In the next post, we’ll discuss one of the primary features of NFSv4.1; pNFS, or parallelized NFS, and some of the new work being done in support of NFSv4.2.
    FOOTNOTE: Parts of this blog were originally published in Usenix ;login: February 2012 under the title The Background to NFSv4.1. Used with permission.


    The Advantages of NFSv4.1

    February 19th, 2013

    In a previous blog post Why NFSv4.1 and pNFS are Better than NFSv3 Could Ever Be, some of the issues with NFSv3 that made it difficult to implement as a WAN based or data center wide protocol were discussed. The question then becomes; why not move to NFSv4 instead of NFSv4.1? Isn’t that a bigger leap from NFSv3?

    Well, practical experience and some issues with NFSv4 made NFSv4.1 a necessity; for one, it introduces the key concept of sessions, and provides a foundation for pNFS (parallel NFS) which we’ll discuss in a later blog post. And all the features of NFSv4 were carried over into NFSv4.1, since it was a minor version update; there’s little more to do to take advantage of NFSv4.1, so that’s where your focus evaluation and implementation should be.

    TCP for Transport

    NFSv3 supports both TCP (Transmission Control Protocol) and UDP (User Datagram Protocol), and UDP is sometimes employed (for those applications that support it) because it is perceived to be lightweight and faster in comparison to TCP.

    The downside of UDP is that it’s connectionless (that is, stateless) and an unreliable protocol. There is no guarantee that the datagrams will be delivered in any given order to the destination host — or even delivered at all — so applications must be specifically designed to handle missing, duplicate or incorrectly ordered data. UDP is also not a good network citizen; there is no concept of congestion or flow control, and no ability to apply quality of service (QoS) criteria.

    The NFSv4 specification requires that any transport used provides congestion control. The easiest way to do this is via TCP. By using TCP, NFSv4 clients and servers are able to adapt to known frequent spikes in unreliability on the Internet; and retransmission is managed in the transport layer instead of in the application layer, greatly simplifying applications and their management on a shared network.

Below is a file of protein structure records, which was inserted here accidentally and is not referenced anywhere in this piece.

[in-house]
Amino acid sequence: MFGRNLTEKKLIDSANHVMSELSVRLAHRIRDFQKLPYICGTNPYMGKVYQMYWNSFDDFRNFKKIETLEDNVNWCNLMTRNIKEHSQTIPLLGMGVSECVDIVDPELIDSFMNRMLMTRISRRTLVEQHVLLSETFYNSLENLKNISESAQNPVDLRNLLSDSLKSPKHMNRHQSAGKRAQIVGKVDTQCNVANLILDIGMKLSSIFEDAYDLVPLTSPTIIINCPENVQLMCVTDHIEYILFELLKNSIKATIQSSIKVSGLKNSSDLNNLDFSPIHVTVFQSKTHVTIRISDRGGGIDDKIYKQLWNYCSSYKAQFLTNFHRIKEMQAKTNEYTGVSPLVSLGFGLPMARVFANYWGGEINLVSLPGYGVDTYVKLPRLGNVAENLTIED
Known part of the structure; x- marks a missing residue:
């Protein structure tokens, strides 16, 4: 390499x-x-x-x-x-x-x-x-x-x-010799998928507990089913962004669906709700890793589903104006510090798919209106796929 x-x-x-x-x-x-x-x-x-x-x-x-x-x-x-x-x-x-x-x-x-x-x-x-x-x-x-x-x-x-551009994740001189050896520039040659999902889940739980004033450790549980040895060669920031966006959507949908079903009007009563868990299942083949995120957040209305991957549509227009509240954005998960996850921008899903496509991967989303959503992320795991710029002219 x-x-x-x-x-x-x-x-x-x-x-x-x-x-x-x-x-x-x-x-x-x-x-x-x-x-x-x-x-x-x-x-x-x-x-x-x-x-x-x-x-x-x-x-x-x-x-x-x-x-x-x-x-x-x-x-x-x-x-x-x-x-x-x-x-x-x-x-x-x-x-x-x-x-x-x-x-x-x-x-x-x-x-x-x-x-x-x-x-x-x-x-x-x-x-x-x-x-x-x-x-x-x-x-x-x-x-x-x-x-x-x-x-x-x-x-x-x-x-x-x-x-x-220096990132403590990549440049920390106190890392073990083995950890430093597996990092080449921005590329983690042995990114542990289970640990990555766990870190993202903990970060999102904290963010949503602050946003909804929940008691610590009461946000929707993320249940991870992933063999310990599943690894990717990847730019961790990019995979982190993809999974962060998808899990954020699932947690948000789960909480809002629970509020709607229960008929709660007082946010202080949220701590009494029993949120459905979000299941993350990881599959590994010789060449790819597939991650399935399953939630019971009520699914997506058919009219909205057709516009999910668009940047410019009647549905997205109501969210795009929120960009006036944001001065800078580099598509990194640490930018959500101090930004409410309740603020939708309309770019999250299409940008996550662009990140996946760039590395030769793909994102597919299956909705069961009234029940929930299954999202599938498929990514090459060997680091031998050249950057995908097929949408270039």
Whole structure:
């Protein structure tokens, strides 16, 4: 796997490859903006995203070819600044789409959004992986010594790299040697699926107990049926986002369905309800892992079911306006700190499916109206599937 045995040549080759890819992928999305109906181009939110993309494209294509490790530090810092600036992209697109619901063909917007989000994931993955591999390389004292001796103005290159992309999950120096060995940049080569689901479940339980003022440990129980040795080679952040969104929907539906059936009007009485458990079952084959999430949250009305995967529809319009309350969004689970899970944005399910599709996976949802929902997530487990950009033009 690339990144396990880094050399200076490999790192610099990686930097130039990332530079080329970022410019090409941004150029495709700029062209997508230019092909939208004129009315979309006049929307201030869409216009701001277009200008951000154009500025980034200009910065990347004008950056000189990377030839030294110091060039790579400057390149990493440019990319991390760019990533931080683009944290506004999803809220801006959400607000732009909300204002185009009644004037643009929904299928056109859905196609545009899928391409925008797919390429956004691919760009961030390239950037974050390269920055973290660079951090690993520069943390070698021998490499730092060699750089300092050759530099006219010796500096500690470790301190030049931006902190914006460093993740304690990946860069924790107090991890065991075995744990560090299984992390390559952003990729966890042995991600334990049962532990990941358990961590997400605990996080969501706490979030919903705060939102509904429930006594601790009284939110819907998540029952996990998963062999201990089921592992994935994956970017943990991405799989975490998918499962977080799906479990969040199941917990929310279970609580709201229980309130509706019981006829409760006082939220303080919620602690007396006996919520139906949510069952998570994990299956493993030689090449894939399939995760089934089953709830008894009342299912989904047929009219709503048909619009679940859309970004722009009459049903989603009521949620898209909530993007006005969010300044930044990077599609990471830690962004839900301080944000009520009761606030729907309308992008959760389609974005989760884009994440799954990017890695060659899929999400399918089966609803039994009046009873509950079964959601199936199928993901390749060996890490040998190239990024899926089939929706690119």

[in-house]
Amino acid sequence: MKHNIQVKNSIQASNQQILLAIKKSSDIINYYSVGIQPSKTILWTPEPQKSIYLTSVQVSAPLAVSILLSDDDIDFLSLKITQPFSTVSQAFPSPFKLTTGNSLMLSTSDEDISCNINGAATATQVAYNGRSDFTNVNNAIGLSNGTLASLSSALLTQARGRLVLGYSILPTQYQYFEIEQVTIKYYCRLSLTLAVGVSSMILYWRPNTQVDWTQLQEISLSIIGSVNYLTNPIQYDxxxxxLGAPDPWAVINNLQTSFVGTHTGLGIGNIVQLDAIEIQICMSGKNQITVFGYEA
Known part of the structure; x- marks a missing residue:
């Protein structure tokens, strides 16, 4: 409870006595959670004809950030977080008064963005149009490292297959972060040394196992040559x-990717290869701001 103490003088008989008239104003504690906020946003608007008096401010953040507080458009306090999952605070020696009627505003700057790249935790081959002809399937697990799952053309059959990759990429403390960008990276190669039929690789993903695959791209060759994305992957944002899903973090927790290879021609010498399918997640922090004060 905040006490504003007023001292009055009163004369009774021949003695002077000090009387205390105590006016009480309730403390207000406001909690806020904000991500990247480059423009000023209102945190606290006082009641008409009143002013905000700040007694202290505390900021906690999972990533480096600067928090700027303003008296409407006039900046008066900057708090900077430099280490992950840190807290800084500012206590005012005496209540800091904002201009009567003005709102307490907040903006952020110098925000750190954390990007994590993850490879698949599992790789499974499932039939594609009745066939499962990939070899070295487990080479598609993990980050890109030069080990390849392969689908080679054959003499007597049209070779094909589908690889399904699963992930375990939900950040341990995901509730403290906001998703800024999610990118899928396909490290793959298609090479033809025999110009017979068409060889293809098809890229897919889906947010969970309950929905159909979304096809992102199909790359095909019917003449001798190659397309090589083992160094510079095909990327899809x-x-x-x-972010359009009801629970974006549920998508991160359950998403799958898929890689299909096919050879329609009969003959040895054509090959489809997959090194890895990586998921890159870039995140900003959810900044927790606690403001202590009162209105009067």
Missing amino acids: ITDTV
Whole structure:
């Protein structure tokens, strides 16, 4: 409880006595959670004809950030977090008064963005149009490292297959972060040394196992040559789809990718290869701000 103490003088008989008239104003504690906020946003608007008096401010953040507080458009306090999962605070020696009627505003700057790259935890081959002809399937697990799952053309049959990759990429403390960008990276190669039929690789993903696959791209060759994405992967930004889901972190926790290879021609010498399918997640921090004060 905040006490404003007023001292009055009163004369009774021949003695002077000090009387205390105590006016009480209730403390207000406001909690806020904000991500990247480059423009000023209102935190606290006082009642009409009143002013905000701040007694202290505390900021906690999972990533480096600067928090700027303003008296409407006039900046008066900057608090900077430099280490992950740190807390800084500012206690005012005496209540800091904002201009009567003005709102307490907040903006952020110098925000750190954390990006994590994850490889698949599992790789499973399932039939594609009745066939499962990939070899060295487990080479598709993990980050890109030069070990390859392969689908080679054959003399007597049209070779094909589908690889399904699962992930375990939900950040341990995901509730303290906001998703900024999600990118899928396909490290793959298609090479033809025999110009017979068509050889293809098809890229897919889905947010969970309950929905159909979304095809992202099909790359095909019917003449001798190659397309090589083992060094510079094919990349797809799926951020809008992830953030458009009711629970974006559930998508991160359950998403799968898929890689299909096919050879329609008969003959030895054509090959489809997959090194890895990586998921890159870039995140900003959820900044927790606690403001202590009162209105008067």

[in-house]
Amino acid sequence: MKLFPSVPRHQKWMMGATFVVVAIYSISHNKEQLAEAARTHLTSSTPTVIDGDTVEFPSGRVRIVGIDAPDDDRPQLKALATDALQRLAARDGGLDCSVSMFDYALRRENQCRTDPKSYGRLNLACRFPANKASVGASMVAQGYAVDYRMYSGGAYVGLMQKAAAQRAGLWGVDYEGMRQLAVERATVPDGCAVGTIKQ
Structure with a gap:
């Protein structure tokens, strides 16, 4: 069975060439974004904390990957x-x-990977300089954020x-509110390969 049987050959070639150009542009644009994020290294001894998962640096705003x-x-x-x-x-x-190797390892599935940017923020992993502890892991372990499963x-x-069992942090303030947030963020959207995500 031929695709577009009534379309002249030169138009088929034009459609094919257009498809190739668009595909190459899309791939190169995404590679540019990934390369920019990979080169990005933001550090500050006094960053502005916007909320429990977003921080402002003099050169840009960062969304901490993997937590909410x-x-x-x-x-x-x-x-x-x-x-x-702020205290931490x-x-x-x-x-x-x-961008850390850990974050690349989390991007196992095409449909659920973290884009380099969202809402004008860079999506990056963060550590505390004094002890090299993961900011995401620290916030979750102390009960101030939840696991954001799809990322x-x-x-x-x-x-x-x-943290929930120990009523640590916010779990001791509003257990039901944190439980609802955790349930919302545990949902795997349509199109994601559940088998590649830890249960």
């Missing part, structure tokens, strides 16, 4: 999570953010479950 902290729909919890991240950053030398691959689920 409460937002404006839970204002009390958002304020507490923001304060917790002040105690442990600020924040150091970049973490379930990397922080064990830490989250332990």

NFSv4 also introduces strict rules about retries over TCP in contrast to the complete lack of rules in NFSv3 for retries over TCP. As a result, if NFSv3 clients have timeouts that are too short, NFSv3 servers may drop requests. NFSv4 uses the timers that are built into the connection-oriented transport.

    Network Ports

    To access an NFS server, an NFSv3 client must contact the server’s portmapper to find the port of the mountd server. It then contacts the mount server to get an initial file handle, and again contacts the portmapper to get the port of the NFS server. Finally, the client can access the NFS server.

    This creates problems for using NFS through firewalls, because firewalls typically filter traffic based on well-known port numbers. If the client is inside a firewalled network, and the server is outside the network, the firewall needs to know what ports the portmapper, mountd and nfsd servers are listening on. The mount server can listen on any port, so telling the firewall what port to permit is not practical. While the NFS server usually listens on port 2049, sometimes it does not. While the portmapper always listens on the same port (111), many firewall administrators, out of excessive caution, block requests to port 111 from inside the firewalled network to servers outside the network. As a result, NFSv3 is not practical to use through firewalls. (Aside from which, without security, it’s risky too.)

    NFSv4 uses a single port number by mandating the server will listen on port 2049. There are no “auxiliary” protocols like statd, lockd and mountd required as the mounting and locking protocols have been incorporated into the NFSv4 protocol. This means that NFSv4 clients do not need to contact the portmapper, and do not need to access services on floating ports.

    As NFSv4 uses a single TCP connection with a well-defined destination TCP port, it traverses firewalls and network address translation (NAT) devices with ease, and makes firewall configuration as simple as configuration for HTTP servers.

    Mounts and Automounter

    The automounter daemons and the utilities on different flavors of UNIX and Linux are capable of identifying different NFS versions. However, using the automounter will require at least port 111 to be permitted through any firewall between server and client, as it uses the portmapper.

    This is undesirable if you are extending the use of NFSv4 beyond traditional NFSv3 environments, so in preference the widely available “mirror mount” facility can be used. It enhances the behavior of the NFSv4 client by creating a new mountpoint whenever it detects that a directory’s fsid differs from that of its parent and automatically mounts filesystems when they are encountered at the NFSv4 server .

    This enhancement does not require the use of the automounter and therefore does not rely on the content or propagation of automounter maps, the availability of NFSv3 services such as mountd, or opening firewall ports beyond the single port 2049 required for NFSv4.

    Internationalization Support; UTF-8